The Talmud’s authority in Judaism
There is a general misunderstanding among Christians and Muslims. It is the misleading notion that Judaism is a ´biblical religion´, that the Old Testament has the same central role and legal authority in Judaism as the Bible has for Protestant or even for Catholic Christianity. The legal interpretation of sacred texts is rigidly defined in Judaism – but more the Talmud than by the Bible itself (Shahak 1994). The Talmud’s primacy over the Bible can be seen in the case of Ethiopia’s black Jews. The Ethiopians have a lot of knowledge about the Old Testament. However, their religion is so ancient that it dates from the Talmud, about which the Ethiopians have no knowledge. The New York Times wrote: „The problem is that the Ethiopian Jewish traditions go no further than the Bible or Torah; the later Talmud or other comments that form the basis of modern traditions never crossed their path. ” Because they are not well versed in the Talmudic traditions, black Jews from Ethiopia are discriminated against and are prohibited from marriages, funerals or to do other things in the Israeli state. It is the natural consequence of Jewish belief that the Talmud prefers the Torah. The Talmud says: To carry out funerals or other things in the Israeli state. It is the natural consequence of Jewish belief that the Talmud prefers the Torah. The Talmud says: To carry out funerals or other things in the Israeli state. It is the natural consequence of Jewish belief that the Talmud prefers the Torah. The Talmud says:
Erubin 21b (Soncino edition): “My son, be more careful when you listen to the words of the scribes than with the words of the Torah.”
Rabbi Adin Even Israel Steinsaltz is the founder of the Israeli Institute for Talmudic Publications and enjoys the backing of Israeli Presidents and Prime Ministers; he received the most honorable award from the Israeli people: the Israel Prize. He is currently translating the Talmud into English, French and Russian. He writes:
“If the Bible is the cornerstone of Judaism, the Talmud is the central pillar that rises from the foundation and supports the entire spiritual and intellectual building. In many ways, the Talmud is the most important book in Jewish culture, the backbone of creativity and national life. No other work has a comparable influence on the theory and customs of Jewish life, the design of spiritual content, and it serves as a guideline for behavior. ”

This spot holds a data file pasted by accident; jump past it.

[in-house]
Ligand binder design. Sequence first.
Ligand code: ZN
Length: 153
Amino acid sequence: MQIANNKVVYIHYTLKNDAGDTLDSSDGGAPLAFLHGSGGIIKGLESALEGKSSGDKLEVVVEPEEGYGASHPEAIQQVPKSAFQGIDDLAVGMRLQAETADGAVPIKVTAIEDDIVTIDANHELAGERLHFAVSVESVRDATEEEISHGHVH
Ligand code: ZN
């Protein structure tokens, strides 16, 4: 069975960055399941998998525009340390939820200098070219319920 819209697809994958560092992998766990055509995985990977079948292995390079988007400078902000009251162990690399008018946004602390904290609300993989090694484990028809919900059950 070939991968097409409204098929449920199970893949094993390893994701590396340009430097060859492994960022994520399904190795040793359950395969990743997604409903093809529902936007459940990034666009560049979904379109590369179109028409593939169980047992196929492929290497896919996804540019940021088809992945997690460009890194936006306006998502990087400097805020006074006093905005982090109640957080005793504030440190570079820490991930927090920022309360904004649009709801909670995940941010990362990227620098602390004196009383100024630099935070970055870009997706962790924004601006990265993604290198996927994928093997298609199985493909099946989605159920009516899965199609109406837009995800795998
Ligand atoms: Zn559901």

“Historically, the Talmud is the central pillar of Jewish culture. This culture has many facets, but each of its many aspects is somehow related to the Talmud. This is really not from the literature that deals directly with the interpretation or continuation of the Talmud, but also with all other forms of Jewish creativity. ”
The importance of the Talmud and its authority can be understood if one looks at Universal Jewish Encyclopedia reads:
“The Talmud is undoubtedly one of the most remarkable literary productions ever. It is an encyclopedia that encompasses the whole scene of human life. It is almost impossible for someone who has not spent years studying this complex work to get an idea of its nature, because even the most accurate translations cannot grasp the inner spirit of the Talmud … as the source of the oral law the Talmud’s authority is considered divine by Orthodox Jews and therefore he is considered binding and unchangeable. Conservative and Reformed Jews, however, do not recognize the Talmud’s absolute commitment, although they recognize the great role he played in determining Jewish religious ideas and days of remembrance. ”
Herman Wouk is an author who has won a Pulitzer Prize for eleven novellas, three prints and two non-fictional works. In his book “This is My God; the Jewish Way of Life ”, which appeared in the 1959 New York Herald Tribune as a series, he wrote:
“ The Talmud is still the circulating lifeblood of the Jewish religion to this day. Whatever laws, customs, or ceremonies we adhere to – whether we are orthodox, conservative, reformed, or just spasmodic sentimentalists – we follow the Talmud. It is our general law. ”
The role of the Talmud in contemporary Judaism
The Talmud is not an ancient document without relevance to modern Judaism. On the contrary, the Encyclopedia Britannica tells us that with the rebirth of a Jewish nation-state in 1948 and the revival of Jewish culture, the Talmud has taken on new importance. Orthodox Judaism has always focused on its studies and viewed it as an absolute religious authority. It became one of the goals of the religious (orthodox) Jews to introduce the Talmud law there as a general law of the state. With the exception of Israel, the legal system described above continued in Jewish communities to this day. The jurisdiction of rabbinical courts is voluntarily accepted by Orthodox Jews. These courts continue to have authority especially in the family and in nutrition, in the synagogue and in charitable organizations and social activities. In addition, conservative Jews have always held on to the Talmud. Therefore, a network of day schools and higher learning institutions was established, in which the Talmud plays a major role in the curriculum. Numerous young conservative Jews are now looking for answers to their problems in the Talmud. 
 NY Times: Sept. 29, 1992, p.4
 Rabbi Adin Even Israel Steinsaltz, The Essential Talmud, p.3.
 Adin Steinsaltz, The Essential Talmud, trans. Chaya Galai (New York: Basic Books, 1976) 266
 Herschel Revel, Librarian of the Isaac Elchanan Theological Seminary, New York, The Universal Jewish Encyclopedia, sv “Talmud,” Volume 10, p. 165.
 Herman Wouk, This is My God; the Jewish Way of Life Quoted by Elizabeth Dilling in ´The Jewish Religion: Its Influence Today´, p. 2.
 “Talmud and Midrash.” Encyclopædia Britannica. 2006.